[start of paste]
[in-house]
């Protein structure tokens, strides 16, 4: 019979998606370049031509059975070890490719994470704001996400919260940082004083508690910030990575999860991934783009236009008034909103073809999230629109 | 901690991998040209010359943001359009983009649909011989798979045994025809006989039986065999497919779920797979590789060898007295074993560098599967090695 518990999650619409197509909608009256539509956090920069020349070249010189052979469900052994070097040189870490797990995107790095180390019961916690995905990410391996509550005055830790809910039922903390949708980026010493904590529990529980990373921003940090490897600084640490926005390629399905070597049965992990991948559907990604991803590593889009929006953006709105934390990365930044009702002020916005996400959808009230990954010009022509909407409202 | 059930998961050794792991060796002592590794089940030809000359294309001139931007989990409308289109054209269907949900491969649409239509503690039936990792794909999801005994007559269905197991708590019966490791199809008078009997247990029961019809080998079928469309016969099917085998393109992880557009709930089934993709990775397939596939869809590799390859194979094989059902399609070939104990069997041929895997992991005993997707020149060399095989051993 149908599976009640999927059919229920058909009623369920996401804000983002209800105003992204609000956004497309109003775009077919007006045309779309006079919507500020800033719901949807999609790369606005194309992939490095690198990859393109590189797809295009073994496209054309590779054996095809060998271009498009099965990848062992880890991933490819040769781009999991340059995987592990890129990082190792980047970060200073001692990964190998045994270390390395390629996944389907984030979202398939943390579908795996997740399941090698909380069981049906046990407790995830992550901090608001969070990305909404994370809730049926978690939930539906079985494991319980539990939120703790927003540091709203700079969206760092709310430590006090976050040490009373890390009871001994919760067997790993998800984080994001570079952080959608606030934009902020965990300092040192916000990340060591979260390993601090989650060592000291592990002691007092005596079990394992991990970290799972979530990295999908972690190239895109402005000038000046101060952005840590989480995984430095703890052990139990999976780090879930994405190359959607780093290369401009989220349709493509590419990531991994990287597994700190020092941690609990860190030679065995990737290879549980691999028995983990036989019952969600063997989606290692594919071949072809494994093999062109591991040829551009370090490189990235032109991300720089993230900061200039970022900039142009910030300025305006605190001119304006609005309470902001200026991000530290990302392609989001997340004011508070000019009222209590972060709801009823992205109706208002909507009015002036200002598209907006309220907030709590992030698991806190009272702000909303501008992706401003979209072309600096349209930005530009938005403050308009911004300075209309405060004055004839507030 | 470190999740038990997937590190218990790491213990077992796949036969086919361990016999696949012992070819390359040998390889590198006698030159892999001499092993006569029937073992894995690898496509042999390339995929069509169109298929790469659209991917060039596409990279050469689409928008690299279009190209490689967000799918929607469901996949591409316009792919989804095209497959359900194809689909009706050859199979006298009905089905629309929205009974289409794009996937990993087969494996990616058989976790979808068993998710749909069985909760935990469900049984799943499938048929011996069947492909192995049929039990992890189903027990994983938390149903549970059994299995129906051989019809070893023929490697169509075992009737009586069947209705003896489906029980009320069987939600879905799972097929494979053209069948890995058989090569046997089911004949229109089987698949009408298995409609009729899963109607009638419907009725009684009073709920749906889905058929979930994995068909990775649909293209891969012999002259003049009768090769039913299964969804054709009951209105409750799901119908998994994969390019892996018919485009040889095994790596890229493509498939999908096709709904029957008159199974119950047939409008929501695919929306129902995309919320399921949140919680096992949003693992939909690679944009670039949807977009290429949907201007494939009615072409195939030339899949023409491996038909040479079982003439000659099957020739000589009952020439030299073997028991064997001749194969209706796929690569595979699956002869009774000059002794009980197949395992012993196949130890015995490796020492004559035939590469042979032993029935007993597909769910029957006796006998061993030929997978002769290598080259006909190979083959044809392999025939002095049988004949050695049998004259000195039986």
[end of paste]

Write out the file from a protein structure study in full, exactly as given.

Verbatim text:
[in-house]
């Protein structure tokens, strides 16, 4: 019979998606370049031509059975070890490719994470704001996400919260940082004083508690910030990575999860991934783009236009008034909103073809999230629109 | 901690991998040209010359943001359009983009649909011989798979045994025809006989039986065999497919779920797979590789060898007295074993560098599967090695 518990999650619409197509909608009256539509956090920069020349070249010189052979469900052994070097040189870490797990995107790095180390019961916690995905990410391996509550005055830790809910039922903390949708980026010493904590529990529980990373921003940090490897600084640490926005390629399905070597049965992990991948559907990604991803590593889009929006953006709105934390990365930044009702002020916005996400959808009230990954010009022509909407409202 | 059930998961050794792991060796002592590794089940030809000359294309001139931007989990409308289109054209269907949900491969649409239509503690039936990792794909999801005994007559269905197991708590019966490791199809008078009997247990029961019809080998079928469309016969099917085998393109992880557009709930089934993709990775397939596939869809590799390859194979094989059902399609070939104990069997041929895997992991005993997707020149060399095989051993 149908599976009640999927059919229920058909009623369920996401804000983002209800105003992204609000956004497309109003775009077919007006045309779309006079919507500020800033719901949807999609790369606005194309992939490095690198990859393109590189797809295009073994496209054309590779054996095809060998271009498009099965990848062992880890991933490819040769781009999991340059995987592990890129990082190792980047970060200073001692990964190998045994270390390395390629996944389907984030979202398939943390579908795996997740399941090698909380069981049906046990407790995830992550901090608001969070990305909404994370809730049926978690939930539906079985494991319980539990939120703790927003540091709203700079969206760092709310430590006090976050040490009373890390009871001994919760067997790993998800984080994001570079952080959608606030934009902020965990300092040192916000990340060591979260390993601090989650060592000291592990002691007092005596079990394992991990970290799972979530990295999908972690190239895109402005000038000046101060952005840590989480995984430095703890052990139990999976780090879930994405190359959607780093290369401009989220349709493509590419990531991994990287597994700190020092941690609990860190030679065995990737290879549980691999028995983990036989019952969600063997989606290692594919071949072809494994093999062109591991040829551009370090490189990235032109991300720089993230900061200039970022900039142009910030300025305006605190001119304006609005309470902001200026991000530290990302392609989001997340004011508070000019009222209590972060709801009823992205109706208002909507009015002036200002598209907006309220907030709590992030698991806190009272702000909303501008992706401003979209072309600096349209930005530009938005403050308009911004300075209309405060004055004839507030 | 470190999740038990997937590190218990790491213990077992796949036969086919361990016999696949012992070819390359040998390889590198006698030159892999001499092993006569029937073992894995690898496509042999390339995929069509169109298929790469659209991917060039596409990279050469689409928008690299279009190209490689967000799918929607469901996949591409316009792919989804095209497959359900194809689909009706050859199979006298009905089905629309929205009974289409794009996937990993087969494996990616058989976790979808068993998710749909069985909760935990469900049984799943499938048929011996069947492909192995049929039990992890189903027990994983938390149903549970059994299995129906051989019809070893023929490697169509075992009737009586069947209705003896489906029980009320069987939600879905799972097929494979053209069948890995058989090569046997089911004949229109089987698949009408298995409609009729899963109607009638419907009725009684009073709920749906889905058929979930994995068909990775649909293209891969012999002259003049009768090769039913299964969804054709009951209105409750799901119908998994994969390019892996018919485009040889095994790596890229493509498939999908096709709904029957008159199974119950047939409008929501695919929306129902995309919320399921949140919680096992949003693992939909690679944009670039949807977009290429949907201007494939009615072409195939030339899949023409491996038909040479079982003439000659099957020739000589009952020439030299073997028991064997001749194969209706796929690569595979699956002869009774000059002794009980197949395992012993196949130890015995490796020492004559035939590469042979032993029935007993597909769910029957006796006998061993030929997978002769290598080259006909190979083959044809392999025939002095049988004949050695049998004259000195039986």